May 312019
 

By Patty Wilber

The Pecos Chapter of the Back Country Horsemen was tasked with rebuilding the bridges at Stewart Lake and No Name (a little lake).  

Our president, Mary Ann, and myself, took on the job of chief worry warts! We had to pack 24 lumber pieces that were 3″ x 8″ x 6′.  Each animal would be loaded with 150 to 200 pounds on a 7 mile mountain trail, finishing at over 10,000 feet, with the usual mountain trail hazards, plus possible snow.  We thought there was a lot to worry about.  I mean, someone has to do it! Continue reading »

May 242019
 

By Patty Wilber

My mom always wanted me to play tennis. She said it would be a good social activity as I aged. (Plus, she loved it!)

Last Friday, I had the privilege to ride with three other Back Country Horsewomen on our foray to Spruce Spring in the Manzano Mountains. Our combined ages add up to something around 235.  Turns out horseback riding and wielding a two-man saw in the Wilderness is a viable social activity for the “older” broad. He!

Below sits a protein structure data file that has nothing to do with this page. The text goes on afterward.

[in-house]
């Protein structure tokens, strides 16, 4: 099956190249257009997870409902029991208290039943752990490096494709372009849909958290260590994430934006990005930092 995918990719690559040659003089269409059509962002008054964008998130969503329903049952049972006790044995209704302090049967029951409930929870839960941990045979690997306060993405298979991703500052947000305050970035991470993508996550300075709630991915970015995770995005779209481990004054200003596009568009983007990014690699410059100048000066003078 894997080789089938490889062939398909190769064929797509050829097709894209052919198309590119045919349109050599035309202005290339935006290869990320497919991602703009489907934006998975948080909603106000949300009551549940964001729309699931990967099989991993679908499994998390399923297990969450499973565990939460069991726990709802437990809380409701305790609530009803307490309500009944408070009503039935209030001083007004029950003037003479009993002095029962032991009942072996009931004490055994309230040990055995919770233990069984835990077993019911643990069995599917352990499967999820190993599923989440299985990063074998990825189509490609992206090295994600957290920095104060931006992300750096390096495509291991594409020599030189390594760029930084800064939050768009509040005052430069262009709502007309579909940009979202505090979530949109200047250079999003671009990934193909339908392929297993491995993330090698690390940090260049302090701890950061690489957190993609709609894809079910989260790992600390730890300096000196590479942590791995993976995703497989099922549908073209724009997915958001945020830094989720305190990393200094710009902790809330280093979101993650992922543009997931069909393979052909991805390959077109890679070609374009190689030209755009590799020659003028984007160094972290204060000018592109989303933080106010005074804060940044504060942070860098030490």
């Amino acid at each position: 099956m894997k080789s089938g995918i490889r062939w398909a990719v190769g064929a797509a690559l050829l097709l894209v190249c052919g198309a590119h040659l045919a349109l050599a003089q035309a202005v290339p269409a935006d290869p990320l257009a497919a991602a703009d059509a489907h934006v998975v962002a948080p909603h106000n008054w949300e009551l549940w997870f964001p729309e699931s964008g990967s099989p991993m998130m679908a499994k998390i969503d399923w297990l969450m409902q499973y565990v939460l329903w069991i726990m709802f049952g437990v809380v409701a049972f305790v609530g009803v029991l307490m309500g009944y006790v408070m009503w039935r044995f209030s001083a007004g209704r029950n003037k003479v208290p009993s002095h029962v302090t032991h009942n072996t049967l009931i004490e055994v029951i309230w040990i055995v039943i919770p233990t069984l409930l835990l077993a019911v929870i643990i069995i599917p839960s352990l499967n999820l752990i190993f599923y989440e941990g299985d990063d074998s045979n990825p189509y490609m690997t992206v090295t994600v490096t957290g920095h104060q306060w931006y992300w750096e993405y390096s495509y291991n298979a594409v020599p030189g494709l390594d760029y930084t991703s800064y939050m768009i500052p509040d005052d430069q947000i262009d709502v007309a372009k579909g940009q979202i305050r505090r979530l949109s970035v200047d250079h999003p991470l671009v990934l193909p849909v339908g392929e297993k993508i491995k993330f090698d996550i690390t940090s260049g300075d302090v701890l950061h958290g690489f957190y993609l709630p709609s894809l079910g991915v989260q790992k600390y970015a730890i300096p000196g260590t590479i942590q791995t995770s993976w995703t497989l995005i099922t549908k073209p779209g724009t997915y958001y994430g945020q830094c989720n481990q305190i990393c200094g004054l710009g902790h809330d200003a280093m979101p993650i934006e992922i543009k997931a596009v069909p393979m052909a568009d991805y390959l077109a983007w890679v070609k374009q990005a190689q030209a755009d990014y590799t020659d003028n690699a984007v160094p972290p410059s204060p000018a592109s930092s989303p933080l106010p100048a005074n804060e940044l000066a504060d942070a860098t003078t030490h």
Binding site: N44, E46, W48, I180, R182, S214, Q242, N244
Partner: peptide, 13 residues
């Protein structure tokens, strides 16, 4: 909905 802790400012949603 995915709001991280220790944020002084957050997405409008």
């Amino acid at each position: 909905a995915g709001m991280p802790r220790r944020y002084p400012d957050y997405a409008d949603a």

Mary Ann, Victoria, Me, Patty S. Photo by Patty S.

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May 102019
 

By Patty Wilber

(If you missed the post above this, Saving Benjy, By Doranna, I encourage you to get a tissue and have a read.)

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We have had a decent snow pack and a wet spring, so far!

The runoff on the Rio Grande (do not say Rio Grande River–it’s redundant) and its major tributaries (the Chama and the Pecos rivers)  is over 100% of the 30 year running average and is the highest since 2005!

In startling contrast, runoff on the Pecos last year was a whopping ZERO% of average.

The Drought Monitor shows a much damper picture this year as well.

This year.

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May 032019
 

By Patty Wilber

Last weekend was our first official Back Country Horsemen, Pecos Chapter, work project of the year: Box Trail to Ox Canyon Trail in the Manzano Mountains.